The invention and its several aspects may be further described by the following Flow Sheet. ##SPC1##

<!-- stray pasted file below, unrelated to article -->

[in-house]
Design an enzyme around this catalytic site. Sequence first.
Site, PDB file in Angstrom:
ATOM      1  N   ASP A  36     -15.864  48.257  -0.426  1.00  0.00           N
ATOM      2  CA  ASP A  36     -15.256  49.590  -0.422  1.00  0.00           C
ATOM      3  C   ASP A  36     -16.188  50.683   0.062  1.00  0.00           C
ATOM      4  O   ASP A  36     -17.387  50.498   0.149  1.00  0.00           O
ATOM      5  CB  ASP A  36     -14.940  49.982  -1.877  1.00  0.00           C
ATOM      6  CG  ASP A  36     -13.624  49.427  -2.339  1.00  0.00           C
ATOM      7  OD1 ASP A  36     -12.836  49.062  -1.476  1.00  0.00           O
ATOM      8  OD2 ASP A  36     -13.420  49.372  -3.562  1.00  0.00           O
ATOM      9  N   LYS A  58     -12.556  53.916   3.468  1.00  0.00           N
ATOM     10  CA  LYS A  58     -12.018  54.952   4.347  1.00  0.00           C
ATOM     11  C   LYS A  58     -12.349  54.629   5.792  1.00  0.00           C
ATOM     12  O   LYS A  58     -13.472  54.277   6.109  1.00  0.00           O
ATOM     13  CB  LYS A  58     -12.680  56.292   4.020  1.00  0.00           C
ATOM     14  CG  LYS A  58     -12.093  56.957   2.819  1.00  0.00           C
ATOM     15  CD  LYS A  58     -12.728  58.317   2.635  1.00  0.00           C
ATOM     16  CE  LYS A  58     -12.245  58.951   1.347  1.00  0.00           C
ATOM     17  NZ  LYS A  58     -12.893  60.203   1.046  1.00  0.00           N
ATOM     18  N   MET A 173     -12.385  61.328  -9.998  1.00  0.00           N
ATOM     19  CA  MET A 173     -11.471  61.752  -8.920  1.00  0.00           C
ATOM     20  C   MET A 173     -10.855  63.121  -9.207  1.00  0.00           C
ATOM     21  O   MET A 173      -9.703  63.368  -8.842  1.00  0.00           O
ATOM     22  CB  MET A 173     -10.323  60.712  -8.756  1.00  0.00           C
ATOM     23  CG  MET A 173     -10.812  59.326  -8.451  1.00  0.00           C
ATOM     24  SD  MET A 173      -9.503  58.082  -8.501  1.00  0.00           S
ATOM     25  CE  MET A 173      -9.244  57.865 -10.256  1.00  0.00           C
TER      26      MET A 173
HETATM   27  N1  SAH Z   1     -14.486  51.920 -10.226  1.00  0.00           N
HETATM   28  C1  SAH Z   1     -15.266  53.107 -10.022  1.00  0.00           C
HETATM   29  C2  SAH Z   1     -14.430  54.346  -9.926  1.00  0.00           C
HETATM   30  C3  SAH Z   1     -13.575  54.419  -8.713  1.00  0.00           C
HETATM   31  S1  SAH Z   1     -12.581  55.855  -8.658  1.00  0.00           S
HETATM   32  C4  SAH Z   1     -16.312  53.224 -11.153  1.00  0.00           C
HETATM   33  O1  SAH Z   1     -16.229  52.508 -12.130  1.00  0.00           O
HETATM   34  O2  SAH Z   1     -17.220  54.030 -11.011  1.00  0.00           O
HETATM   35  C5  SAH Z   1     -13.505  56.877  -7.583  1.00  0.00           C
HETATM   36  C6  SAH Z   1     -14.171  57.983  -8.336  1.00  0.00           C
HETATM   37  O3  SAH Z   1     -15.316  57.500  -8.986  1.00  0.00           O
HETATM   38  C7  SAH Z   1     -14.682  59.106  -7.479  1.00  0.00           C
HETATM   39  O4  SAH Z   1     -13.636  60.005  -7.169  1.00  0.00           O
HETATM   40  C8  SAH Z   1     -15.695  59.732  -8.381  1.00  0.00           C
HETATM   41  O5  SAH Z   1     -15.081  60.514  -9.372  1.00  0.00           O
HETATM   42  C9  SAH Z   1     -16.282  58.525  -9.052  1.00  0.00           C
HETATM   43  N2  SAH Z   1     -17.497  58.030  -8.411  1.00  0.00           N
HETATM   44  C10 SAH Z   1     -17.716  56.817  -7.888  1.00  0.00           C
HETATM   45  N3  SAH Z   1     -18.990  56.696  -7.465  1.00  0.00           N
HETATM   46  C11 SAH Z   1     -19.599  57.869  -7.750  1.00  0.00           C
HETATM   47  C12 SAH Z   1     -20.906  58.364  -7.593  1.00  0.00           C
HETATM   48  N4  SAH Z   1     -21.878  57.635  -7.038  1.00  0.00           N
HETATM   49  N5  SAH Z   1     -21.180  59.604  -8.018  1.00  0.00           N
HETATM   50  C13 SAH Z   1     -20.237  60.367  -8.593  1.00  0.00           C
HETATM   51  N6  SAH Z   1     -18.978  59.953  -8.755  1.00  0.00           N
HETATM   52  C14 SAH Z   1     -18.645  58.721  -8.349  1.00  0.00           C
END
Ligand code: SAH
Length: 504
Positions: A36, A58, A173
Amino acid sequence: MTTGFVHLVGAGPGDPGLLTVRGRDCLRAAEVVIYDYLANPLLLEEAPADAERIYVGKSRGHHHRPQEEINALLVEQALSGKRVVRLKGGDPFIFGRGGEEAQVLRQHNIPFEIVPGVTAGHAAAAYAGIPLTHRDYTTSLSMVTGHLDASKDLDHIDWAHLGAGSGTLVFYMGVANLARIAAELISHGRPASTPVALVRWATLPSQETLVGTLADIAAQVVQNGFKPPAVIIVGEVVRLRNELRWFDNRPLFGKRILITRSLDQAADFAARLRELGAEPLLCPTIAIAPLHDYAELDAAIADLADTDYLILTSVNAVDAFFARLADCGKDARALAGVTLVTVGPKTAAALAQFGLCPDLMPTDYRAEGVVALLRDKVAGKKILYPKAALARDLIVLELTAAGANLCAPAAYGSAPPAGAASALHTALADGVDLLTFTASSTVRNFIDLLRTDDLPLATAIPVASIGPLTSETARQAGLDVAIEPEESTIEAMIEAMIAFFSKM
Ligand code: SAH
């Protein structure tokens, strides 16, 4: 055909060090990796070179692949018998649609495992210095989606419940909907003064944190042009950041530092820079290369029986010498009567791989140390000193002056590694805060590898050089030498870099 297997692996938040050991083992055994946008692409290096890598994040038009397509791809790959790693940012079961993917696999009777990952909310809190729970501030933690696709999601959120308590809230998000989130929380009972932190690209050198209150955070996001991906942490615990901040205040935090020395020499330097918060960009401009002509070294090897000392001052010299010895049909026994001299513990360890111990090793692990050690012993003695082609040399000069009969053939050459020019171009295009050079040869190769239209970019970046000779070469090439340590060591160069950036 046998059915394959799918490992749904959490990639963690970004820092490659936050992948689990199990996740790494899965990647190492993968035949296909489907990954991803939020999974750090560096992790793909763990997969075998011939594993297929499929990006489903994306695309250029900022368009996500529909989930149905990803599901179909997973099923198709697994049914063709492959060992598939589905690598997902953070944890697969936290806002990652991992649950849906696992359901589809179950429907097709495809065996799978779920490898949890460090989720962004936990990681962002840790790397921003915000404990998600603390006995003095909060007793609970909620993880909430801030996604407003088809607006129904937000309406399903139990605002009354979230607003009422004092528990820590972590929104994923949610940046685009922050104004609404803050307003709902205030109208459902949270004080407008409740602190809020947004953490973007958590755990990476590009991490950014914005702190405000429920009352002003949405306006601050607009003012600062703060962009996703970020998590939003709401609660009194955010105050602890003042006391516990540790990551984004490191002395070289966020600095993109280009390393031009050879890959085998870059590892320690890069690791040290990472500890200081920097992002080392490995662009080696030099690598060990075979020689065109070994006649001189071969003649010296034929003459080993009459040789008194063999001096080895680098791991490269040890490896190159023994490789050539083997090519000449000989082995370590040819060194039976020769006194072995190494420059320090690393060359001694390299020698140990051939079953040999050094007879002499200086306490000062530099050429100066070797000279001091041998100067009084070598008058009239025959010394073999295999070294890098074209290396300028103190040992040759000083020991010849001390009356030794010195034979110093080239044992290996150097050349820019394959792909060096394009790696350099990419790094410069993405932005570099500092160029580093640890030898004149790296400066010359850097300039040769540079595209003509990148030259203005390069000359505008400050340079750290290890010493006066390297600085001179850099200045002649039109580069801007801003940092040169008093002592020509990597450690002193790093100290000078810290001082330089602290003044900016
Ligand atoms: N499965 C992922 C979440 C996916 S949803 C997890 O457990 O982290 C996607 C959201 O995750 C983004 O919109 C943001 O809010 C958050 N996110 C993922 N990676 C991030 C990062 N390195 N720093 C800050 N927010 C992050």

More specifically, the condensation reaction between the 5-fluoro-2-methyl-1-(p-methylthio-(or methylsulfinyl-)benzyl)-indene and glyoxylic acid is carried out in the presence of a strong base. Accordingly, bases such as alkali and alkali earth hydroxides (NaOH, KOH) especially in the presence of a quaternary ammonium halide as catalyst (such as C1-6 trialkylbenzyl ammonium halide or tetra C1-6 alkyl ammonium halide, i.e., 0.1 to 1.0 mole halide to hydroxide), alkali or alkali earth C1-5 alkoxide (NaOCH3, K-tertbutoxide), tetra C1-6 alkyl ammonium hydroxide or benzyl tri-C1-5 alkyl ammonium hydroxides (benzyltrimethyl ammonium hydroxide)-(Triton B)- may be used. Preferably, trialkylbenzyl ammonium hydroxide or tetra-alkyl ammonium hydroxide is used as the strong base. The reaction can be carried out without a solvent, but preferably a solvent is used which is either added to the reaction mixture or employed in conjunction with the strong base. C1-5 alkanols (methanol, butanol), aromatic solvents such as benzene, pyridine and toluene or dioxane, acetonitrile, dimethylformamide, triglyme, dimethylsulfoxide, water and mixtures of water and organic solvents may be employed. In fact, any solvent in which the indene and glyoxylic acid are sufficiently soluble can be employed. Preferably, the solvent is C1-5 alkanol, especially methanol. The mole ratio of base to glyoxylic acid should be at least slightly more than one mole to one, but preferably about 1.1 to about 4.0 moles of base to glyoxylic acid and especially 1.2 to 2.5. The mole ratio of glyoxylic acid to indene is not critical and may conveniently be from about 1 to 3.0 moles to one and preferably about 1.5 to 1.0 moles of indene. Alternatively, one may use the alkali or alkali earth salt or aryl or alkyl ester, especially C1-5 alkyl, i.e., methyl, ethyl, butyl in place of the glyoxylic free acid or any other acid salt of a strong base, as the starting material. Under these circumstances, the amount of strong base employed in the reaction with glyoxylic acid salt or ester need be no more than a catalytic amount, although the ratio indicated above may also be employed. The order of addition of the reactants is not critical; however, it is preferred to add the glyoxylic acid compound to the reaction mixture of indene and base. The time of reaction is not critical, the reaction being carried out until substantial completion. Preferably, however, the reaction is carried out from 15 minutes to about 5 hours and especially from about 1/2 to 3 hours. The reaction may be carried out from about 0°C to about 150°C, preferably from about 10°C to 80°C and especially from 35°C to 60°C.